TA-06's ability to travel up to ten thousand kilometers whilst fully loaded is what makes it a versatile aircraft. With its ability to lift over eighty thousand kilograms, TA-06's only limitations are its limited cargo space and size. While not as large as the SA-95, TA-06 is still capable of long range flights and lifting heavy loads. Differences with both aircraft lie in maneuverability and mission scope. SA-95, with its ability to transport oversized loads, differs from the TA-06 with its more maneuverable airframe and versatile platform; this has led to the TA-06 having variants produced over the years to fulfill other roles in the TECT Armed Forces, such as the TA-06P "Pelican" Patrol Plane and the TA-06S "Spooky" Gunship. TA-06's lift ability was achieved by Wolf Armaments using weight reduction and fuel conserving airframe designs; this includes using manufacturing materials that weigh less but retain the same strength as traditional materials (aluminum and certain alloys) used on planes, and cutting down on heavy metal parts where they're no longer needed. This ability to lift heavy loads in an airframe that weighs less means the TA-06 cuts down on its usage of fuel while also extending its travel range.

The cargo compartment is approximately thirty-one meters long by five-point-six meters wide by three-point-eighty meters high. This open space can accommodate twenty-two master pallets, one Feurig 2A2, two Höllenhund IFVs, four Puma AFVs, one Anakonda/Kondor helicopter, and ten Fuchs SLAVs. There is room for one-hundred and ten passengers/paratroopers in the TA-06 with equipment/pallets included. TA-06's maximum capacity is one-hundred and forty-five passengers/paratroopers with their equipment only.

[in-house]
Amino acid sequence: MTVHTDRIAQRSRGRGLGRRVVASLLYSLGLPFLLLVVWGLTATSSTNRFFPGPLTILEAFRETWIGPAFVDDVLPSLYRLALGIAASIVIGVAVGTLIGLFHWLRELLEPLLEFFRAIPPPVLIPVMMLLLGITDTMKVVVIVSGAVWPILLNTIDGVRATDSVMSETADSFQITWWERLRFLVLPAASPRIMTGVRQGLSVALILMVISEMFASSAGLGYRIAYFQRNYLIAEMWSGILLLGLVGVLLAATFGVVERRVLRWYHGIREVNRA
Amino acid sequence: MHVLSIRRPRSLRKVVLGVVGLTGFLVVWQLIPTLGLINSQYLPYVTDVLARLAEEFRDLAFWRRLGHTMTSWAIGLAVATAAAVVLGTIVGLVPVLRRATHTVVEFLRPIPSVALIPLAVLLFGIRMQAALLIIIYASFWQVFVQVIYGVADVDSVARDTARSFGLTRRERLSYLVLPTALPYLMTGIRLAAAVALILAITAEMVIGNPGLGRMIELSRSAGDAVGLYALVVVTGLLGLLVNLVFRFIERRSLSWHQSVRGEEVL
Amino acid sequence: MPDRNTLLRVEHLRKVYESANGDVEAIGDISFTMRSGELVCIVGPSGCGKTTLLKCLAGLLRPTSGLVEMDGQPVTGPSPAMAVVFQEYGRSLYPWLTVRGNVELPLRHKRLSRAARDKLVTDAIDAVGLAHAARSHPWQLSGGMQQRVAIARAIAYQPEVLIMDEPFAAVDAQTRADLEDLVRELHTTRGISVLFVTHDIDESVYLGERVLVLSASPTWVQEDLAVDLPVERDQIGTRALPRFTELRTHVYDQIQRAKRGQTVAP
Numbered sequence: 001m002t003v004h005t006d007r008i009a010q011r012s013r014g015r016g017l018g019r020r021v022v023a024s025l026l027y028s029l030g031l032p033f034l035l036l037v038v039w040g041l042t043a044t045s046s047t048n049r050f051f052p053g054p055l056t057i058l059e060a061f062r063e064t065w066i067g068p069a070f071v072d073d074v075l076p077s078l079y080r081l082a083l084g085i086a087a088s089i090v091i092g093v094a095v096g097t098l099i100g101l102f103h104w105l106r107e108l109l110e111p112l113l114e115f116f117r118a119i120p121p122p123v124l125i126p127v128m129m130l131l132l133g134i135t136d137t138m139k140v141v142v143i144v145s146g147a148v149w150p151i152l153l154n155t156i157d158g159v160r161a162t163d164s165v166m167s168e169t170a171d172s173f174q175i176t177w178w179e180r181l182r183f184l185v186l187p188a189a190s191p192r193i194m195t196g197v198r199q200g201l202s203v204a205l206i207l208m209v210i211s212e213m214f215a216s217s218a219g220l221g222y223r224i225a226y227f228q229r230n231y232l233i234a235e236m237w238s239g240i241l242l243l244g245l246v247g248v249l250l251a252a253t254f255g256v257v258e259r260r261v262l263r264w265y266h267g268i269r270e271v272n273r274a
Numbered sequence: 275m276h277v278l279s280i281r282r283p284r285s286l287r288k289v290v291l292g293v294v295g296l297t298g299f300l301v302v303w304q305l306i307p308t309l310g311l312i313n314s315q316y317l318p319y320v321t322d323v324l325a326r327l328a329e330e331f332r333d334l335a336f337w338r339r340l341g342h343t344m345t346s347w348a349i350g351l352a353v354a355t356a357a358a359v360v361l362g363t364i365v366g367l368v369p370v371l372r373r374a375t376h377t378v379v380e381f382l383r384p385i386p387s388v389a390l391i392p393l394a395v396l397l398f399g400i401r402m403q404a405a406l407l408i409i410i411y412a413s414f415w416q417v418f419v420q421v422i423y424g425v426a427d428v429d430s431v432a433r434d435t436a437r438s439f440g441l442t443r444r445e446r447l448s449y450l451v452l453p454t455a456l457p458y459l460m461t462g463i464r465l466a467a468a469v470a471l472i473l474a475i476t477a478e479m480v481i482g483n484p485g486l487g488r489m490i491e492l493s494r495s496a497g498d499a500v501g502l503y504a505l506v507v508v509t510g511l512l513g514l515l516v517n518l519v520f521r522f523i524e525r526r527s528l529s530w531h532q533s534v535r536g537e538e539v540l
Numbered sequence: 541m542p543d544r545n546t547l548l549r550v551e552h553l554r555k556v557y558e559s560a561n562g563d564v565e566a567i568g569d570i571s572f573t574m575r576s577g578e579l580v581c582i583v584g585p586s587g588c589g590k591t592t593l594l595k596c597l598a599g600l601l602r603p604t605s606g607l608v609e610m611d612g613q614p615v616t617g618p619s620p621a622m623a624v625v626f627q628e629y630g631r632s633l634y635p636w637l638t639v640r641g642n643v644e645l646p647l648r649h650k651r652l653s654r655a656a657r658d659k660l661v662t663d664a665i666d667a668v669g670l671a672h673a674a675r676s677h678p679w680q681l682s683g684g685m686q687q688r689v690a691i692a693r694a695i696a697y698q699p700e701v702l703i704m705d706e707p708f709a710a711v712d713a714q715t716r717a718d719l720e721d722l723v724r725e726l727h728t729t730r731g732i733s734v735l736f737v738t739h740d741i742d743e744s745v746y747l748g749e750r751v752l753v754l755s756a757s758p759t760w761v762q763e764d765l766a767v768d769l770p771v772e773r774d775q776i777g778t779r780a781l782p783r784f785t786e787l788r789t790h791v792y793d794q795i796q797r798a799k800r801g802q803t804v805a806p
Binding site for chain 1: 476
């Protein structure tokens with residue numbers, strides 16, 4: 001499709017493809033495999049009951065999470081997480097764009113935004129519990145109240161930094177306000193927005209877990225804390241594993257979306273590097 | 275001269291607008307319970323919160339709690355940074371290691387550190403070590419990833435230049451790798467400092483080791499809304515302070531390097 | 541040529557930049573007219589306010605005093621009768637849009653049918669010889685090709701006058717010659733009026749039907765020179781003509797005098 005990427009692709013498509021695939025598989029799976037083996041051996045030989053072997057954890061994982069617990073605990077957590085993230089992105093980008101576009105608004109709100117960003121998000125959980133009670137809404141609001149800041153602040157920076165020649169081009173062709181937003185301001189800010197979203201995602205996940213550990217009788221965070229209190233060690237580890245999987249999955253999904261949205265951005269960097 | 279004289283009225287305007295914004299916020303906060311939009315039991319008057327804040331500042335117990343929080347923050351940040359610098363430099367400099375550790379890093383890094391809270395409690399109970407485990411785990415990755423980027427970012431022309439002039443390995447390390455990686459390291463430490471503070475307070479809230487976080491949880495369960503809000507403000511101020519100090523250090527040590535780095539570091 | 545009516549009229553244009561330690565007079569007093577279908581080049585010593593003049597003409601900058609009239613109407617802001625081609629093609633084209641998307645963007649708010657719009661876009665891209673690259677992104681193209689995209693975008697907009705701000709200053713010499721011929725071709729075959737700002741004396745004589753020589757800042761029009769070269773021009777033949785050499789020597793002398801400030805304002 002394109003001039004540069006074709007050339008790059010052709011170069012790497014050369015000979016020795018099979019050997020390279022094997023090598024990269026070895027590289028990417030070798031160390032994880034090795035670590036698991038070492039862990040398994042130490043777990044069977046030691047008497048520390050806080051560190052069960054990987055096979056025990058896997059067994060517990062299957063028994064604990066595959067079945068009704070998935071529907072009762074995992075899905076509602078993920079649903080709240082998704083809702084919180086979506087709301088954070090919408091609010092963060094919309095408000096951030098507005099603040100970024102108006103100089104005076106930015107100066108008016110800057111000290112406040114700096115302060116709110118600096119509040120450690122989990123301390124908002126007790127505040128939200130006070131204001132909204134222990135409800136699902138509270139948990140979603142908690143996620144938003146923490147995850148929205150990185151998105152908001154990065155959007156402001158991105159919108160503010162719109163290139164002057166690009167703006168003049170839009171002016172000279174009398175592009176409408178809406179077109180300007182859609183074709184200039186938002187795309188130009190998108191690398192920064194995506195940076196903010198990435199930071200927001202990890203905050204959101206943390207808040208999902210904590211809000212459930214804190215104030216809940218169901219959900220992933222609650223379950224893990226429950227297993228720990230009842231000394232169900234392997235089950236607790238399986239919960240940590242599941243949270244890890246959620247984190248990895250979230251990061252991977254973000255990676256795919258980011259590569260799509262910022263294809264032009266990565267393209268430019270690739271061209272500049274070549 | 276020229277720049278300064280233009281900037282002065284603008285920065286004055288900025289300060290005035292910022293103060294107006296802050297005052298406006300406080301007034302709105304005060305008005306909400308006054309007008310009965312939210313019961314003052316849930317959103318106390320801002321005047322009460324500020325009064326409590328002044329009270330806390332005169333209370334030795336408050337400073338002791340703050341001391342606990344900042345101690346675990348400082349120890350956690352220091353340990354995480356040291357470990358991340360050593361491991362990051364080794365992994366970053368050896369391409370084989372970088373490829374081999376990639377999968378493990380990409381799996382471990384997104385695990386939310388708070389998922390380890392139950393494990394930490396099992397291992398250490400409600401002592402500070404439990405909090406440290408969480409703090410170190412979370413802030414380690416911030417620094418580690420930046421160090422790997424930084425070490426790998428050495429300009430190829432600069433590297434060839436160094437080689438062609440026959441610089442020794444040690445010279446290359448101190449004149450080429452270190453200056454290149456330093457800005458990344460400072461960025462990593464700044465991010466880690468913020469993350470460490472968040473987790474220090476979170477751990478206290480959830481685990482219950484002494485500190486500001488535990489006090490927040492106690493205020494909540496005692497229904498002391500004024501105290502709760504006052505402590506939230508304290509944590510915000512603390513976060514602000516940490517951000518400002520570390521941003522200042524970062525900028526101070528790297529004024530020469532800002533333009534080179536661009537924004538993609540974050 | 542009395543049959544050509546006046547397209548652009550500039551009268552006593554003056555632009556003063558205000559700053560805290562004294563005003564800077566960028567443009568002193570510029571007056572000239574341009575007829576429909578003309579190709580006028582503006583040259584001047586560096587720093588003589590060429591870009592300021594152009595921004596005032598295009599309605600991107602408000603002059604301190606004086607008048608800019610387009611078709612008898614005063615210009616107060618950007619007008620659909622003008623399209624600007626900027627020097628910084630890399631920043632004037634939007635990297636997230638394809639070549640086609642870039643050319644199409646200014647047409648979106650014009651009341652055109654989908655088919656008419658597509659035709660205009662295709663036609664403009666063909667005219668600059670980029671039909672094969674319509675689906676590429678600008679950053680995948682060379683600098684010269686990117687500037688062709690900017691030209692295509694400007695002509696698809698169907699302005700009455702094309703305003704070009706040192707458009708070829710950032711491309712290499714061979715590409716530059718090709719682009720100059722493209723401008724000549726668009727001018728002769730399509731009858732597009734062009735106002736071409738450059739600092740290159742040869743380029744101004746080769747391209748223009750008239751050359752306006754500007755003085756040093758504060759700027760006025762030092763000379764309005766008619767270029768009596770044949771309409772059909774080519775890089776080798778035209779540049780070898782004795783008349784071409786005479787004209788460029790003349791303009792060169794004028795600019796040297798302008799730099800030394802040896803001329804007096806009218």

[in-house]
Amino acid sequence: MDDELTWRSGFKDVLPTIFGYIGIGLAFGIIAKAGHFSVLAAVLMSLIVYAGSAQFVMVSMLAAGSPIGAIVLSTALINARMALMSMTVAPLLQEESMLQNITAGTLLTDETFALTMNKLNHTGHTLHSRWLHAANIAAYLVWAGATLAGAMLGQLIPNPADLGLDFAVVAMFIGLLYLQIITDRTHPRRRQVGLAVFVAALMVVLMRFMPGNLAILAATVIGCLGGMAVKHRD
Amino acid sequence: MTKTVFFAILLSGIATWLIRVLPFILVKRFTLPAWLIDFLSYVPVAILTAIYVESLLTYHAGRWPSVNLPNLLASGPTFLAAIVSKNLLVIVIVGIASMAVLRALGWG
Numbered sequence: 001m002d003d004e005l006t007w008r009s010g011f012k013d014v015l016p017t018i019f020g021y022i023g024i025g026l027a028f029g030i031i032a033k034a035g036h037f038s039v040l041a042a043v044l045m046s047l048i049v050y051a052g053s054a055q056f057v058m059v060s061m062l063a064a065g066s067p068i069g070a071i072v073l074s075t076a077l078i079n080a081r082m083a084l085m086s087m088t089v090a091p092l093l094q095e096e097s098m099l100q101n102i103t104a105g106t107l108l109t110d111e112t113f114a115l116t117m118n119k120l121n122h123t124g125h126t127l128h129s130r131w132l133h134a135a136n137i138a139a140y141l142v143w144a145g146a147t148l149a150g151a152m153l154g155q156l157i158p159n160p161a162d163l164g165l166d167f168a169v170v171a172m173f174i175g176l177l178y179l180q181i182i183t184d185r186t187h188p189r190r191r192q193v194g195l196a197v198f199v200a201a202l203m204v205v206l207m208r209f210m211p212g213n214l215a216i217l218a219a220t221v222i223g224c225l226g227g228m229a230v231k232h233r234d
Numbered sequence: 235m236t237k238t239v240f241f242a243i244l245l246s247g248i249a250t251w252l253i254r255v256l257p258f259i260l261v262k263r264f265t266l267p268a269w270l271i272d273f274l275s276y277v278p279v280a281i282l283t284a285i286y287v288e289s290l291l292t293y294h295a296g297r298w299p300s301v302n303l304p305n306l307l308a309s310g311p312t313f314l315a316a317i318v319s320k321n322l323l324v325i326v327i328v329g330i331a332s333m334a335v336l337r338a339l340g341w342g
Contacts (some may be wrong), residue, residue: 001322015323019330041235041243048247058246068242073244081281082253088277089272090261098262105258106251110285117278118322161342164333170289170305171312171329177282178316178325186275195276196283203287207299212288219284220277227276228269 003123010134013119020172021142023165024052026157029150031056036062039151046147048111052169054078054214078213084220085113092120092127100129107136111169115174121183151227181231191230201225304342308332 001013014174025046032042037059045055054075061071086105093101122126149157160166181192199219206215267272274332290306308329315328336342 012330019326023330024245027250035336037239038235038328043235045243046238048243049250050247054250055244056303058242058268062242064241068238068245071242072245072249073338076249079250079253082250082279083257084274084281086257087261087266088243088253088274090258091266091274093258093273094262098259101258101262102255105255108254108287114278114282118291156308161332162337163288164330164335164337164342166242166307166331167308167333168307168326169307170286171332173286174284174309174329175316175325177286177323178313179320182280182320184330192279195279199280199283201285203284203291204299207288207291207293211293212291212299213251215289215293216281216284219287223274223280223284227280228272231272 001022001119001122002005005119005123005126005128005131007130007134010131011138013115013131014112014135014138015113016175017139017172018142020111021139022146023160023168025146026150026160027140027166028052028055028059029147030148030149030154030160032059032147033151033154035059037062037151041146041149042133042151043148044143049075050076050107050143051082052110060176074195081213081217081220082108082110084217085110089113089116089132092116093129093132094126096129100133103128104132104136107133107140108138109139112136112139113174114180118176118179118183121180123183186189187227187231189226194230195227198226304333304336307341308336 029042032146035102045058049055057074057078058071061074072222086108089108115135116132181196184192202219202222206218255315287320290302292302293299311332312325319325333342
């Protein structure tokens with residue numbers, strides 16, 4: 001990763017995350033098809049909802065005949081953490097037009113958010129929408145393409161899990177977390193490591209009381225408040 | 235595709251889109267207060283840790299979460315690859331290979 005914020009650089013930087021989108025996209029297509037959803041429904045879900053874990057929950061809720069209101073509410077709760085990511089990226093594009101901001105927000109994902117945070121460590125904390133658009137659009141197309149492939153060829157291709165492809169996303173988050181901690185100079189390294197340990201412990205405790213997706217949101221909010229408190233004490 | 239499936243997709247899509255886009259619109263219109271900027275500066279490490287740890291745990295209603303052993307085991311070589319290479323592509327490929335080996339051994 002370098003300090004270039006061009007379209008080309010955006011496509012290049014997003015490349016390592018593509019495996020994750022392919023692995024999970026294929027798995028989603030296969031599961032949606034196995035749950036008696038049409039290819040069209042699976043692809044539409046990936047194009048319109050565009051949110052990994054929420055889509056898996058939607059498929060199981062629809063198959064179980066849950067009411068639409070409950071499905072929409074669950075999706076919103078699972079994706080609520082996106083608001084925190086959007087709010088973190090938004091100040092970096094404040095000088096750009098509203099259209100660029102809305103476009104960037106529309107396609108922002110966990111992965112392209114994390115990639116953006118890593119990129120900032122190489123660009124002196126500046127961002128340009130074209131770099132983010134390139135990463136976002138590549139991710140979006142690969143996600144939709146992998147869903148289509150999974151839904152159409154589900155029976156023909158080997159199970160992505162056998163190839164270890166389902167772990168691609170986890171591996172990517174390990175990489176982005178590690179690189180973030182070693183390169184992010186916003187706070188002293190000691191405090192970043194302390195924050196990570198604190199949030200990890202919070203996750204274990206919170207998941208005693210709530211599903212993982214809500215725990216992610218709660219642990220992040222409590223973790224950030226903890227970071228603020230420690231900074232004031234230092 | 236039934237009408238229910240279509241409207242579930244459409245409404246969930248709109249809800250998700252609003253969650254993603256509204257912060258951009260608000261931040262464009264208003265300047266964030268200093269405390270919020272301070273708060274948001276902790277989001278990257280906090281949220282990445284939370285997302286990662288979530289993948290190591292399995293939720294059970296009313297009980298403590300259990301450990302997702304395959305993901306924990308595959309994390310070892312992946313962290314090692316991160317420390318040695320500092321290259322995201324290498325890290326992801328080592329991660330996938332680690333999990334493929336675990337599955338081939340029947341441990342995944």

Cockpit
The flightdeck of the TA-06 is a fully glass cockpit, using almost zero traditional analog aircraft instruments. Using four large LCD displays in front of the pilots, two per pilot, as well as several other LED displays surrounding them, crew are consistently kept up to date with what is happening to the aircraft both inside and out. On each pilot's left main screen they will be able to track measurements using the TA-06's Airspeed Indicator, Altimeter, Turn Coordinator, Vertical Speed Indicator, and the Artificial Horizon. On the right screen the exact location of the plane and its waypoints, plus its destination, are displayed along with the planned route; this screen will also display other information about the surrounding area, including other aircraft and their pathways to help pilots avoid collisions, weather patterns detected by the aircraft's weather radar, elevation models, and other referential map objects. TA-06's sophisticated digital fly-by-wire system is controlled by computers that perceive the plane's position and force inputs from pilot controls to assist pilots in operating the aircraft, or, to automatically protect the aircraft from threats/avoid dangerous events. Said computers solve special equations to determine appropriate command signals that move the flight controls, prevent changes, or correct imminent failures. The programming of the digital computers enable flight envelope protection. FEP allows aircraft designers to precisely tailor an aircraft's handling characteristics to stay within the overall limits of what is possible given the aerodynamics and structure of the aircraft. For example, the computer in flight envelope protection mode can try to prevent the aircraft from being handled dangerously by preventing pilots from exceeding preset limits on the aircraft's flight-control envelope, such as those that prevent stalls and spins, and which limit airspeed and G-forces on the airplane. Software can also be included that stabilize the flight-control inputs in order to avoid pilot-induced oscillations. Since the flight-control computers continuously "fly" the aircraft, the pilot's workloads can be reduced to a minimum while in transit. Stalling, spinning, and other undesirable performances are prevented automatically by the computers.